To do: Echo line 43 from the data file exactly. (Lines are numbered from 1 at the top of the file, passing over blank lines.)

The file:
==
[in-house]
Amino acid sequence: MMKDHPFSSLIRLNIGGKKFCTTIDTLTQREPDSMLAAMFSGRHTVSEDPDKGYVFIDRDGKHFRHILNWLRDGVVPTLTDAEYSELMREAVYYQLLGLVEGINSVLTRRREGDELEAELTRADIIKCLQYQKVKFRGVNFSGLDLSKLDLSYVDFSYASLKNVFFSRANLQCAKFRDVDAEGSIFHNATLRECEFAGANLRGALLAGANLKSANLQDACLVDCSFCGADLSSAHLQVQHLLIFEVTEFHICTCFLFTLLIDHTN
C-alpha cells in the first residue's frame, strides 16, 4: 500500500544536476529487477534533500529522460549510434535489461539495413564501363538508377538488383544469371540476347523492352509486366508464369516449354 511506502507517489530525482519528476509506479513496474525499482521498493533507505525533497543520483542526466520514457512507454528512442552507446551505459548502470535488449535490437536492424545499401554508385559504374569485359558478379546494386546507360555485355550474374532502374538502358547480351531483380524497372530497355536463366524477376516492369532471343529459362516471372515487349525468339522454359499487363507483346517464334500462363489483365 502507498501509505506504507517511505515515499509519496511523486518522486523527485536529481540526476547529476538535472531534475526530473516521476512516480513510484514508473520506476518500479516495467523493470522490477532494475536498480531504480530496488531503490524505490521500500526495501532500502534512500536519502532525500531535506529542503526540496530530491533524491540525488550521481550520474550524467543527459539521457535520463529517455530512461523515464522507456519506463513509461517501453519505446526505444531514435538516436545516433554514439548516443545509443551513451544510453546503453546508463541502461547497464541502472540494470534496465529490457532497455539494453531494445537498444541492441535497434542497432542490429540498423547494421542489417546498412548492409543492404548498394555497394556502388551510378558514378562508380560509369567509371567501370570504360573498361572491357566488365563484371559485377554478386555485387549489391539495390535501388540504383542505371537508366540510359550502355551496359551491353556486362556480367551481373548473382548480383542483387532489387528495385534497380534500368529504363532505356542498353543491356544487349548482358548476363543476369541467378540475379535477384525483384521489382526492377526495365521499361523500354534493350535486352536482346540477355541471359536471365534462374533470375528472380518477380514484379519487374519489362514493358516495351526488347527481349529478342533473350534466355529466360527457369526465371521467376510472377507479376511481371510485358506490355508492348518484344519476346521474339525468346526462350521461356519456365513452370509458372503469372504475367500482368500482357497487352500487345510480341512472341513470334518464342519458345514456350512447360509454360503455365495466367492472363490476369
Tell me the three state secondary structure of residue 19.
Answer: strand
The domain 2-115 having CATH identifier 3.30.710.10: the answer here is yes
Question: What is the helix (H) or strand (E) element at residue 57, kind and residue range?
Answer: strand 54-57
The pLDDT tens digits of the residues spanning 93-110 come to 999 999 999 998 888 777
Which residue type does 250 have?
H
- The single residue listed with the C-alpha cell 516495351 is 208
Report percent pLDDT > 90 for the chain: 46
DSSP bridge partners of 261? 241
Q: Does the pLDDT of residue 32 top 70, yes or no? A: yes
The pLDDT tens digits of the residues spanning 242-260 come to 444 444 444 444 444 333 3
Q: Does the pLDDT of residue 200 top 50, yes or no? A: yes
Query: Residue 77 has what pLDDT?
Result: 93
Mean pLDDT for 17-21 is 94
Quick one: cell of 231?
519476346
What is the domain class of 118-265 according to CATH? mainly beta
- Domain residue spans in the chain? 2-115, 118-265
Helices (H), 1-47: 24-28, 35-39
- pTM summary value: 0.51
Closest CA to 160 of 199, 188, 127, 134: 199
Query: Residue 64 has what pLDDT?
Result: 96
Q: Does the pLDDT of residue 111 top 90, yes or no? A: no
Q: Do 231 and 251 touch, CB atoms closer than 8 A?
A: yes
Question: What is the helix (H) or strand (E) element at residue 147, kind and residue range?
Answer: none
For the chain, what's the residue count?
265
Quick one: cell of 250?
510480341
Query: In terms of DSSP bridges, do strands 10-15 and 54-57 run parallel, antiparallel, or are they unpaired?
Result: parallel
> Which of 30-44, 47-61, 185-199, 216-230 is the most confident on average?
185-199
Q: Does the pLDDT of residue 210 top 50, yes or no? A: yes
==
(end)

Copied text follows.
Q: Does the pLDDT of residue 210 top 50, yes or no? A: yes